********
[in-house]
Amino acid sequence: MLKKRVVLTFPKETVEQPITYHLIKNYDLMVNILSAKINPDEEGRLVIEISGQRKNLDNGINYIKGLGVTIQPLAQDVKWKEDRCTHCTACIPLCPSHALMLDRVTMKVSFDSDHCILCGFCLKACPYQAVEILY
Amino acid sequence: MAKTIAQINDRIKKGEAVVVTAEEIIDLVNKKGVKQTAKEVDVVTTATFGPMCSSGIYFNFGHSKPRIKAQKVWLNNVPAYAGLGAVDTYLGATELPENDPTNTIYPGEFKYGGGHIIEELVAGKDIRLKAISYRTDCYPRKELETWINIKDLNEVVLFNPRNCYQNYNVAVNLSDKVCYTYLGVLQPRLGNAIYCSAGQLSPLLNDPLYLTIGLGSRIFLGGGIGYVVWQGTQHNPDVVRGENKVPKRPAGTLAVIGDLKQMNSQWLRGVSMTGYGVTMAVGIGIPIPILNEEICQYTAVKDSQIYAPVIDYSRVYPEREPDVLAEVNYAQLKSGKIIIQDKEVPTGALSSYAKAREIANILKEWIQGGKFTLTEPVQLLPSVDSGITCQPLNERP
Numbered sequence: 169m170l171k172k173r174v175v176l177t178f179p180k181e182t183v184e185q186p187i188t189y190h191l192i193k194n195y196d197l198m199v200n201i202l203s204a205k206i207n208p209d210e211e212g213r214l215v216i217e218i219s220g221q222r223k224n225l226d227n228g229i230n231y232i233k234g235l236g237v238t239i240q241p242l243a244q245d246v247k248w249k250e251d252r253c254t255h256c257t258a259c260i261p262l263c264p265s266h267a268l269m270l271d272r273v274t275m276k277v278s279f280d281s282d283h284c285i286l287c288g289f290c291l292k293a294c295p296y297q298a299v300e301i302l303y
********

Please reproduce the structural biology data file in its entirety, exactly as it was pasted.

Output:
[in-house]
Amino acid sequence: MLKKRVVLTFPKETVEQPITYHLIKNYDLMVNILSAKINPDEEGRLVIEISGQRKNLDNGINYIKGLGVTIQPLAQDVKWKEDRCTHCTACIPLCPSHALMLDRVTMKVSFDSDHCILCGFCLKACPYQAVEILY
Amino acid sequence: MAKTIAQINDRIKKGEAVVVTAEEIIDLVNKKGVKQTAKEVDVVTTATFGPMCSSGIYFNFGHSKPRIKAQKVWLNNVPAYAGLGAVDTYLGATELPENDPTNTIYPGEFKYGGGHIIEELVAGKDIRLKAISYRTDCYPRKELETWINIKDLNEVVLFNPRNCYQNYNVAVNLSDKVCYTYLGVLQPRLGNAIYCSAGQLSPLLNDPLYLTIGLGSRIFLGGGIGYVVWQGTQHNPDVVRGENKVPKRPAGTLAVIGDLKQMNSQWLRGVSMTGYGVTMAVGIGIPIPILNEEICQYTAVKDSQIYAPVIDYSRVYPEREPDVLAEVNYAQLKSGKIIIQDKEVPTGALSSYAKAREIANILKEWIQGGKFTLTEPVQLLPSVDSGITCQPLNERP
Numbered sequence: 169m170l171k172k173r174v175v176l177t178f179p180k181e182t183v184e185q186p187i188t189y190h191l192i193k194n195y196d197l198m199v200n201i202l203s204a205k206i207n208p209d210e211e212g213r214l215v216i217e218i219s220g221q222r223k224n225l226d227n228g229i230n231y232i233k234g235l236g237v238t239i240q241p242l243a244q245d246v247k248w249k250e251d252r253c254t255h256c257t258a259c260i261p262l263c264p265s266h267a268l269m270l271d272r273v274t275m276k277v278s279f280d281s282d283h284c285i286l287c288g289f290c291l292k293a294c295p296y297q298a299v300e301i302l303y